Canada’s top health officials are forecasting up to 700 deaths and 31,850 COVID-19 cases across the country by April 16.
On Thursday morning, Chief Public Health Officer Dr. Theresa Tam and Deputy Chief Public Health Officer Dr. Howard Njoo released Canada’s projections of the coronavirus through federal modelling that shows “where we are and where we might be heading.”
In their short-term forecasting, the health officials say Canada may see 500 to 700 deaths, and 22,580 to 31,850 cases by April 16.
Longer term modelling, covering the course of the pandemic, shows 11,000 to 22,000 deaths with strong epidemic control. That number goes as high as 300,000 with no epidemic measures in place.
Dr. Tam said that models are imperfect, and are highly sensitive to our actions, but they do allow “us to forecast” short-term possibilities.
Health officials said that the impact of the virus is local, as case rates vary across the country. The bulk of cases are in Alberta, BC, Ontario, and Quebec, with all provinces and territories affected except for Nunavut.
“It is important to be aware of the limitations and benefits of modelling. Models are not crystal balls and we cannot predict the future with them,” Dr. Tam said in a statement. “However, they do help us to plan and they tell us that our collective actions can have a direct and significant impact on the epidemic trajectory.”
Models are used to ready health care systems to plan.
Federal health officials are using forecasting and dynamic models for their projections.
Forecasting uses the actual cases and data from Canada to estimate how many cases the country may expect. It’s used for short-term projections.
Dynamic modelling is for longer term projections and uses knowledge of how the virus behaves, and helping look at different scenarios and impact over time.
“While some of the numbers released today may seem stark, Canada’s modelling demonstrates that the country still has an opportunity to control the epidemic and to save lives. We cannot prevent every death, but we must prevent all the deaths we can,” said Tam.
And the actual numbers will all depend on how Canada continues to act.
“We all play a role in what the future will hold for Canada’s COVID-19 trajectory. We must continue to control the epidemic using tried and true public health measures, including staying home when possible, maintaining physical distancing, meticulous handwashing, and covering our coughs,” said Tam.
“What we do together now to stop the spread of COVID-19 will reduce the impact of the pandemic and determine how soon we can readjust our public health measures in Canada.”
The current death toll is at 435, though projections from some of the country’s largest provinces show that the number is expected to reach into the thousands by the end of the month.
BC, Alberta, Ontario, and Quebec — the four provinces Daily Hive covers — all came out with coronavirus projections over this past week.
Quebec, which has been hardest hit out of anywhere in Canada, provided two projected scenarios at an update on Tuesday; one optimistic, and the other pessimistic.
Yvan Gendron and Richard Massé provided details about the projections in two scenarios, based on how Quebecers adhere to physical distancing guidelines.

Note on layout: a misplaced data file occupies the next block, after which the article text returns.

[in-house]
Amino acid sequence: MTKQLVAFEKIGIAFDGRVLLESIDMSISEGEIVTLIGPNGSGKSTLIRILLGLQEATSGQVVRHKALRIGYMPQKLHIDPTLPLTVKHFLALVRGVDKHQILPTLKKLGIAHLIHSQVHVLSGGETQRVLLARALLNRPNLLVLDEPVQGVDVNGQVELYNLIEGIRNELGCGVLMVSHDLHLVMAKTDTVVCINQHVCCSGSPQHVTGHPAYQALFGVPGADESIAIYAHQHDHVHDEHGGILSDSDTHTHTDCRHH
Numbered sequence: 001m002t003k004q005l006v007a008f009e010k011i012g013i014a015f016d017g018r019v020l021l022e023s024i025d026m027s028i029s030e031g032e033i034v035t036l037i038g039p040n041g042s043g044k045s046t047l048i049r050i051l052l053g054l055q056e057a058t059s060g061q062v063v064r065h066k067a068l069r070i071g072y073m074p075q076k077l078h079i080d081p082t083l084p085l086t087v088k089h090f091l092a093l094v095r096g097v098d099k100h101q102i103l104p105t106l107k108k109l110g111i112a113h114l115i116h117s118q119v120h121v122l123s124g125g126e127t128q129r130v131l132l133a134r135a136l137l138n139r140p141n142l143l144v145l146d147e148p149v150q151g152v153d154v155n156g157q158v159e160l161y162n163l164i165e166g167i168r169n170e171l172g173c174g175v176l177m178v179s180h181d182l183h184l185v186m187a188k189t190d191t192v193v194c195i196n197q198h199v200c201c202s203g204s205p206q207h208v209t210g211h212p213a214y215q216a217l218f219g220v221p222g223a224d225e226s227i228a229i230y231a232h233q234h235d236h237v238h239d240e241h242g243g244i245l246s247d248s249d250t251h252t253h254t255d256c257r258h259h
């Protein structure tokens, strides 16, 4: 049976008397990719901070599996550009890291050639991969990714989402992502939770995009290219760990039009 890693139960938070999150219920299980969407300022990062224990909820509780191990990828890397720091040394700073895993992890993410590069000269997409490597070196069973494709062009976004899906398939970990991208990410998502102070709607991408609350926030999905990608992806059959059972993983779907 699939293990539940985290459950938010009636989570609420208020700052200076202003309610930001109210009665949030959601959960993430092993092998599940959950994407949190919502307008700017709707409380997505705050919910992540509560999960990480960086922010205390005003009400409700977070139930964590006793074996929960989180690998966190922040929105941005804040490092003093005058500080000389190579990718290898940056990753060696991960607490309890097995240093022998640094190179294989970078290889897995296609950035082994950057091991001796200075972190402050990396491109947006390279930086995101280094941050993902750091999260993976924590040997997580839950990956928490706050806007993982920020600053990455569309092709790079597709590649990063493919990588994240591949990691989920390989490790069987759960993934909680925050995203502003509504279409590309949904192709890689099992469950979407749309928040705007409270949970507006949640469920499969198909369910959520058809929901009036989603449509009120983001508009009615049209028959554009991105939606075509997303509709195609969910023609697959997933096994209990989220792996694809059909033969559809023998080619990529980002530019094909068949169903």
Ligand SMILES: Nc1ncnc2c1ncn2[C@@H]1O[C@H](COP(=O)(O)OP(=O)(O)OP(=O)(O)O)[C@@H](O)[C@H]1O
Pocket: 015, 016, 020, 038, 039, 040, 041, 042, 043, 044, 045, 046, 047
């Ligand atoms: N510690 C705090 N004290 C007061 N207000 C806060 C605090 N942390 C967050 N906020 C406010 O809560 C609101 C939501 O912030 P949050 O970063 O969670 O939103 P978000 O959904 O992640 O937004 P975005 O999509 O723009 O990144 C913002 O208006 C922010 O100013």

In an optimistic scenario, health officials revealed predictions by April 30 to be 29,212 known cases and 1,263 deaths. The pessimistic scenario for the same date predicted 59,845 known cases and 8,860 deaths.
Ontario released its projections on Friday, with health officials predicting that the provincial death toll for Ontario for the entirety of the COVID-19 pandemic, with the existing measures in place, could be anywhere from 3,000 to 15,000.
The province’s projection and modelling data was presented by Matthew Anderson, president and CEO of Ontario Health, Adalsteinn (Steini) Brown, dean of the Dalla Lana School of Public Health at the University of Toronto, and Dr. Peter Donnelly, president and CEO of Public Health Ontario.
Donnelly said that if Ontario had no measures put in place over the entirety of the pandemic, there would be 100,000 deaths in the province.
Alberta made its projections public during a televised address by Premier Jason Kenney on Tuesday evening.
He said Alberta Health had created two models: a probable scenario, and an elevated scenario.
The probable scenario, according to Kenney, projects as many as 800,000 infections and between 400 and 3,100 deaths in Alberta by the end of the summer, with the peak of infections hitting around mid-May.
The elevated scenario would see a peak of infections by the start of May, with up to one million cases resulting in between 500 and 6,600 deaths.
BC saw Provincial Health Officer Bonnie Henry speak to projections last Friday, though she did not supply any numbers.
“We do not predict and our modelling is not to predict,” said Henry during an afternoon press conference.
Modelling, she furthered, “gives you a sense of what could happen in different scenarios, and as we present it, the modelling we’ve done, really, is about how we prepare so that we can meet those scenarios no matter what happens, and our numbers tell the story of what happens.”
She noted that “we all have our own pandemic that we’re moving through, and even in different parts of BC it’s quite different; you can’t predict where this is going to erupt.”
With files from Chandler Walter, Eric Zimmer, Clarrie Feinstein, and Ty Jadah